The new SEC’s fake ICO website is aimed at crypto newbies in order to teach them what a legitimate ICO website shouldn’t look like.
The SEC setup the bogus ICO website HoweyCoins.com, complete with a fake White Paper, as an educational tool to alert investors to possible fraud involving digital assets like crypto-currencies and initial coin offerings.
Once the would-be investor clicks on the About link at the bottom of the page, they are sent to the investor.gov page which greets them with the stark revelation that:
If You Responded To An Investment Offer Like This, You Could Have Been Scammed – HoweyCoins Are Completely Fake!
Further down the page they go into more detail behind the reasons for setting up the website and list a number of RED FLAGS such as:
- CLAIMS OF HIGH, GUARANTEED RETURNS,
- CELEBRITY ENDORSMENTS,
- CLAIMS OF “SEC-COMPLIANT”,
- INVESTING WITH A CREDIT CARD,
- PUMP AND DUMP SCAMS,
which should alert potential investors of high probability of fraudulent actors being behind the website.
Every investment carries a certain level of risk, including registered securities (which is the main reason why they are regulated in the first place), so offering guaranteed returns is a dead certain scam giveaway, which everyone should be aware of at this stage.
“The rapid growth of the ‘ICO’ market, and its widespread promotion as a new investment opportunity, has provided fertile ground for bad actors to take advantage of our Main Street investors. We embrace new technologies, but we also want investors to see what fraud looks like, so we built this educational site with many of the classic warning signs of fraud. Distributed ledger technology can add efficiency to the capital raising process, but promoters and issuers need to make sure they follow the securities laws. I encourage investors to do their diligence and ask questions.” SEC Chairman Jay Clayton explained in a press release.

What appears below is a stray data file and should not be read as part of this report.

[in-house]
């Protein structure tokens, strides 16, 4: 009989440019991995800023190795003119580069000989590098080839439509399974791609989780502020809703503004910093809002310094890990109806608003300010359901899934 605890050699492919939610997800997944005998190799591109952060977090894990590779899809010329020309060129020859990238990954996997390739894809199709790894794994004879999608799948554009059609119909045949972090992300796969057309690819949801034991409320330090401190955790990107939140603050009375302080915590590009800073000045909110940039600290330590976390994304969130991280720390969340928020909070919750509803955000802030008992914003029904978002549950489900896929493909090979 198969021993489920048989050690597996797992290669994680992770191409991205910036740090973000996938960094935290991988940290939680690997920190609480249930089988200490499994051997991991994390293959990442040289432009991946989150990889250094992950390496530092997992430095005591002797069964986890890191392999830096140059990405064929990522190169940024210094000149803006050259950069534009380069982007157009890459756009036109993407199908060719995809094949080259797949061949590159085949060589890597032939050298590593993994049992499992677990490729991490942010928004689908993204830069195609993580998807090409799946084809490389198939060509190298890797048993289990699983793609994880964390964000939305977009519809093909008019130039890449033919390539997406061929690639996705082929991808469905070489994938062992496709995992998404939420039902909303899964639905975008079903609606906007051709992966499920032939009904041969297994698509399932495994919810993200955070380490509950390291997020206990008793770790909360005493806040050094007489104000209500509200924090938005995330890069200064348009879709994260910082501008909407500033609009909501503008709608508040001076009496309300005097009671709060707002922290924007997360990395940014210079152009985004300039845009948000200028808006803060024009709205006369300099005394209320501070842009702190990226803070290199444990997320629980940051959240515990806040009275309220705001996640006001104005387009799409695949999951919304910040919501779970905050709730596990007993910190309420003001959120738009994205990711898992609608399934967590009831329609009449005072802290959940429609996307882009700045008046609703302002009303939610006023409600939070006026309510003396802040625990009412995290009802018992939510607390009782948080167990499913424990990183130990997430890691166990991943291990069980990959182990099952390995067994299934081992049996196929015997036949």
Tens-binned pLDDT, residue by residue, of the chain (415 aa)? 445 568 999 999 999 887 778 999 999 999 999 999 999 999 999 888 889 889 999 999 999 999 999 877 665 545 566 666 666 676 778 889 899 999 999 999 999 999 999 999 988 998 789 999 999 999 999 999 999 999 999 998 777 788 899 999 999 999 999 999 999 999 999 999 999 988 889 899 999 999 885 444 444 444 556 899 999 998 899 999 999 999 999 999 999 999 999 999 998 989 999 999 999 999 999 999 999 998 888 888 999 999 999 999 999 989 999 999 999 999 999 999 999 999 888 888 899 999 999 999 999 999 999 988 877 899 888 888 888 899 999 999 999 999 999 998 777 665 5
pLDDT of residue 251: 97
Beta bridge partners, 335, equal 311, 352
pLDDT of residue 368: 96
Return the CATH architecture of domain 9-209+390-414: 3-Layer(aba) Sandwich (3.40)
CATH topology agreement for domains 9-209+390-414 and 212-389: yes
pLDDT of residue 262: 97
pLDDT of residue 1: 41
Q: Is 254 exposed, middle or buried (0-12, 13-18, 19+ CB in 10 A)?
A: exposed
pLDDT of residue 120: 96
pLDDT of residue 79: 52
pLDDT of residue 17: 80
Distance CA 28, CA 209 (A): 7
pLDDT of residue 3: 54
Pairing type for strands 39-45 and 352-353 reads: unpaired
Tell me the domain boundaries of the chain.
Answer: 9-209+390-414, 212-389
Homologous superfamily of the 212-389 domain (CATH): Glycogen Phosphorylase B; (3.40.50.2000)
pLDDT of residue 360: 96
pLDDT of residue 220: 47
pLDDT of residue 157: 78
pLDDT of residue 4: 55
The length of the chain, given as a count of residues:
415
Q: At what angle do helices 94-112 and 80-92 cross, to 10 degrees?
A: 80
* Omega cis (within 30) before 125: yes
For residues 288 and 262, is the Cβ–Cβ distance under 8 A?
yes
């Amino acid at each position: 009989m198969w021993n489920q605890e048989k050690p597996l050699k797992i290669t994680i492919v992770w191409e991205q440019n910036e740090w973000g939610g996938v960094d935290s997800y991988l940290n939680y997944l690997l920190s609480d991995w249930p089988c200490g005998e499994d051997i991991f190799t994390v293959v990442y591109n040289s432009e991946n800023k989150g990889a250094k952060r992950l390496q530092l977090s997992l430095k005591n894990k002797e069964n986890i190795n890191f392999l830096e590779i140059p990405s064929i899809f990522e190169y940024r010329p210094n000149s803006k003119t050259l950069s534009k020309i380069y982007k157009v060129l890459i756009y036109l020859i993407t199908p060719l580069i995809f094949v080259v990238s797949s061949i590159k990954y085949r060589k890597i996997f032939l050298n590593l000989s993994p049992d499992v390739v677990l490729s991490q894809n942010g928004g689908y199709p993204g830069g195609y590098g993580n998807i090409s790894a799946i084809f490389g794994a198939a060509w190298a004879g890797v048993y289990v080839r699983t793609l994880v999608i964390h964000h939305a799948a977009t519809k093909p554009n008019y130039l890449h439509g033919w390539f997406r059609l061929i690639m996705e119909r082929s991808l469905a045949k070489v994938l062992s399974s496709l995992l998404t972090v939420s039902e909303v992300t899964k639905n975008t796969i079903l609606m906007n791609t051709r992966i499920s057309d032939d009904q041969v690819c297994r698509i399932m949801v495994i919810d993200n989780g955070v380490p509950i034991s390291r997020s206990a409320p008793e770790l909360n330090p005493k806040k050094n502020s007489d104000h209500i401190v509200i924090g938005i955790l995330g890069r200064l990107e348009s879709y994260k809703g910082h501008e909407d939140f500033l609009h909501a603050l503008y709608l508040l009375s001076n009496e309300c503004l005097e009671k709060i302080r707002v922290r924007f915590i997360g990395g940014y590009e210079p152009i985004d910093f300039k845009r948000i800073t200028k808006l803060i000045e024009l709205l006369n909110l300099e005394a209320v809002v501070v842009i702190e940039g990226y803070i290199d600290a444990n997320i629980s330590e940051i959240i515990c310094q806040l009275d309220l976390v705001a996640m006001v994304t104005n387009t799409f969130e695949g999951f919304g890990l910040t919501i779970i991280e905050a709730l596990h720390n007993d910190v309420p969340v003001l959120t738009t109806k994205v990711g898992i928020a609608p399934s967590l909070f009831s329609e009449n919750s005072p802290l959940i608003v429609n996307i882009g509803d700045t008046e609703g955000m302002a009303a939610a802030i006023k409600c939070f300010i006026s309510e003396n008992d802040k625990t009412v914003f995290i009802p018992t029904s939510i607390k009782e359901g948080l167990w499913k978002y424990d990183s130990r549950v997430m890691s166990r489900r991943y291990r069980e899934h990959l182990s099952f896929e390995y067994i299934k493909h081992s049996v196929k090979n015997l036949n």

It’s probably safe to say that the SEC hasn’t been particularly crypto friendly as of late, however we see this as a positive move to help educate the masses on the difference between a legitimate and a fake ICO website. There are definitely both types out there.
Owen Donley, SEC Chief Counsel, explained how scammers
“can quickly build an attractive website and load it up with convoluted jargon to lure investors into a phony deal. But fraudulent sites also often have red flags that can be dead giveaways if you know what to look for.”
The SEC have shown that they do posses some degree of humor, as the fake coin’s name references the famous Howey Test, which was created by the Supreme Court for determining whether certain transactions qualify as “investment contracts.” If so, then under the Securities Act of 1933 and the Securities Exchange Act of 1934, those transactions are considered securities and therefore subject to certain disclosure and registration requirements.
Here at 2100news we do our best to vet any ICO project that we promote or list, however it’s very important that you always do your own research. If something sounds too good to be true it virtually always is. Just remember bitconnect and all the promoters who were pushing it all over YouTube. The real actors stayed well hidden and in the end ran away with millions. It’s been 4 months since the shutdown and we still don’t know who they are or if the investors will ever see their money again.
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